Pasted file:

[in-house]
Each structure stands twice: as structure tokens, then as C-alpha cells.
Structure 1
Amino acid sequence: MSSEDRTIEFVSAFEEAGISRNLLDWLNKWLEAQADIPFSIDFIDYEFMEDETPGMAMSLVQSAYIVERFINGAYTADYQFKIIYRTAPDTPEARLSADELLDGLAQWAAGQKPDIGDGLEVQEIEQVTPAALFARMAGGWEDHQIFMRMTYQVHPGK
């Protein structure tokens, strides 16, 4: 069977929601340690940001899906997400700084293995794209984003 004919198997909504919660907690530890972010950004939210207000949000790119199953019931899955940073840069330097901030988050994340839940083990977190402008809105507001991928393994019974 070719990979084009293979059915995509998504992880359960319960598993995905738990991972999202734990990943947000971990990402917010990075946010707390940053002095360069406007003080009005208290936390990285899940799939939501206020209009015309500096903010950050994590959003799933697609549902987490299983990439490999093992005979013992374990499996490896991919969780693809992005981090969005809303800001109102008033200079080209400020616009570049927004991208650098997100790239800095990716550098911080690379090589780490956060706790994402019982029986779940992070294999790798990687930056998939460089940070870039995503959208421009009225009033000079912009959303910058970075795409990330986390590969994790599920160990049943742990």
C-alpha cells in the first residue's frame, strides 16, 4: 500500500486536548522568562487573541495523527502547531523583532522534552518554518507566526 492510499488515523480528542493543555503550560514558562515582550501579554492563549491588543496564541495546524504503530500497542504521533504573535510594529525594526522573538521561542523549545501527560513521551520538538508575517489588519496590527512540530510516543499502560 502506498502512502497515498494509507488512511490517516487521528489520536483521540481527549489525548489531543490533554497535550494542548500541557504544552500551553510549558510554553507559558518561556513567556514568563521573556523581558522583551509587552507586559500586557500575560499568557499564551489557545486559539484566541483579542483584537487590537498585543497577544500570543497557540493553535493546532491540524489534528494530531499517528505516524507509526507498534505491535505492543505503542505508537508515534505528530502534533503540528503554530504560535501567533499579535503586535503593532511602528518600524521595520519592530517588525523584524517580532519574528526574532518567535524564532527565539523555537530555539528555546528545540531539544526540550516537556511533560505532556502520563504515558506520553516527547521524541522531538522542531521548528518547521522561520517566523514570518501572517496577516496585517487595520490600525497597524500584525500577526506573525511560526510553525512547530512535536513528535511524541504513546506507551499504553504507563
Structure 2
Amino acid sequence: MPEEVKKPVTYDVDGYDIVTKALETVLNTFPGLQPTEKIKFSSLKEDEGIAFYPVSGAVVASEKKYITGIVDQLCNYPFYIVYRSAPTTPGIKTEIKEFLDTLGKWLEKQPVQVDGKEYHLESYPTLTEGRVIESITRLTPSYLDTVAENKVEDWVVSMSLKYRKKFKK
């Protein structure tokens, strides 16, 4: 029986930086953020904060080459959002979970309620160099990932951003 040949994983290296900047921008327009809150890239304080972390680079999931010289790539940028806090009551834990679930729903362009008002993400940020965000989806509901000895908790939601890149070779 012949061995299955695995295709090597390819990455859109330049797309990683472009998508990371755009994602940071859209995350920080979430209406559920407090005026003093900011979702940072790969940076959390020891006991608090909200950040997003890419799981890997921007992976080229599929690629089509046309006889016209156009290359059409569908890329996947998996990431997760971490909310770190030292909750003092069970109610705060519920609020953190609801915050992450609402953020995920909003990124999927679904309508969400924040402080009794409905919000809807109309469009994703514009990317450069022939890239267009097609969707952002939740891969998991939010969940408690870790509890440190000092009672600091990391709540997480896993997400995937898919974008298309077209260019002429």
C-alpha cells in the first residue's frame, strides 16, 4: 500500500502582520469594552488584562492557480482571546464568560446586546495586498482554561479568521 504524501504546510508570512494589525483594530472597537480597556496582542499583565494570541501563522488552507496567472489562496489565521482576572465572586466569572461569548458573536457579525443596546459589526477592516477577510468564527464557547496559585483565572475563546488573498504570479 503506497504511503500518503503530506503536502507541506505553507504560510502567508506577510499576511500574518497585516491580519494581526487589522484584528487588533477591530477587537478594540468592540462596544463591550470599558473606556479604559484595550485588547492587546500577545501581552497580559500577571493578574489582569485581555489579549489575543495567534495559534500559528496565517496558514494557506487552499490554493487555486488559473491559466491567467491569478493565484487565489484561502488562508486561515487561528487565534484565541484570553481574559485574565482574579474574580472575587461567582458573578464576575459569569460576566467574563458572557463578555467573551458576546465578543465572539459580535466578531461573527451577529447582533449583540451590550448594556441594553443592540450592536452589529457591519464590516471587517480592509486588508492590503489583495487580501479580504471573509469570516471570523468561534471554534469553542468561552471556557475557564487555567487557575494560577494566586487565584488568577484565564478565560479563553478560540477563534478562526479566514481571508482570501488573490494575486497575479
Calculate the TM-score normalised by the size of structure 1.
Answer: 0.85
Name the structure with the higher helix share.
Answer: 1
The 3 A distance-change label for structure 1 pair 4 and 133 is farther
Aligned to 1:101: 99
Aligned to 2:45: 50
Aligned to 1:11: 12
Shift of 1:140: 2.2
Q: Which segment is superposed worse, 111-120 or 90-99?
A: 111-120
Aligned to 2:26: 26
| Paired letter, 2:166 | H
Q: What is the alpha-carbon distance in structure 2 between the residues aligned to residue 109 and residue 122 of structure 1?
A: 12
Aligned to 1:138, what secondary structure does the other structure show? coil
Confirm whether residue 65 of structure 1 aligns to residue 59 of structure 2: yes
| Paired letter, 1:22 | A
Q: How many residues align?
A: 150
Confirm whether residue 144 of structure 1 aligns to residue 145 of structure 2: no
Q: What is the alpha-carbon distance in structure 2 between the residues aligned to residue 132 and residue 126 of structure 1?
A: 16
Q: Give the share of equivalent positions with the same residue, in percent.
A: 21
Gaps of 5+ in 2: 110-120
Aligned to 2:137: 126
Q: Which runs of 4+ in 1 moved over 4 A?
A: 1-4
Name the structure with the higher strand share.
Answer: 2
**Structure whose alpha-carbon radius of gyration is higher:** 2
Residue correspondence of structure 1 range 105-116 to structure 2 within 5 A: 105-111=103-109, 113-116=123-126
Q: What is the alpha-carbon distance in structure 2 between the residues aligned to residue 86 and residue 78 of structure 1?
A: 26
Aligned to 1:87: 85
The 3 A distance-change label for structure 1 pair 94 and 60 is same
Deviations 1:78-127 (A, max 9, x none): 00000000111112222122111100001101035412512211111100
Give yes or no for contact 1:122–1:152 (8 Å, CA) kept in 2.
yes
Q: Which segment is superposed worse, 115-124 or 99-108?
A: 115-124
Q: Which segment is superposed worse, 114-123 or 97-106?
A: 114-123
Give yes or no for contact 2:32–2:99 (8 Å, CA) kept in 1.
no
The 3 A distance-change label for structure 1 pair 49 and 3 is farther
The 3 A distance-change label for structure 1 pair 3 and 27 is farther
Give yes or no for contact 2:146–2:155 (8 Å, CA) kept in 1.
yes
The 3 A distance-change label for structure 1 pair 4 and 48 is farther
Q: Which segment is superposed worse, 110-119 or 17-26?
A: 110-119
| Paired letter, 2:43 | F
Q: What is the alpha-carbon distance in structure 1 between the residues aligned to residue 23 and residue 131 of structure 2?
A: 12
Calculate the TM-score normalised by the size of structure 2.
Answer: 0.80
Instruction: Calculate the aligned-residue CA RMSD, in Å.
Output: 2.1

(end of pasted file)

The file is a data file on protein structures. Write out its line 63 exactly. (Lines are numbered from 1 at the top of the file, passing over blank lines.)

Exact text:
A: 110-119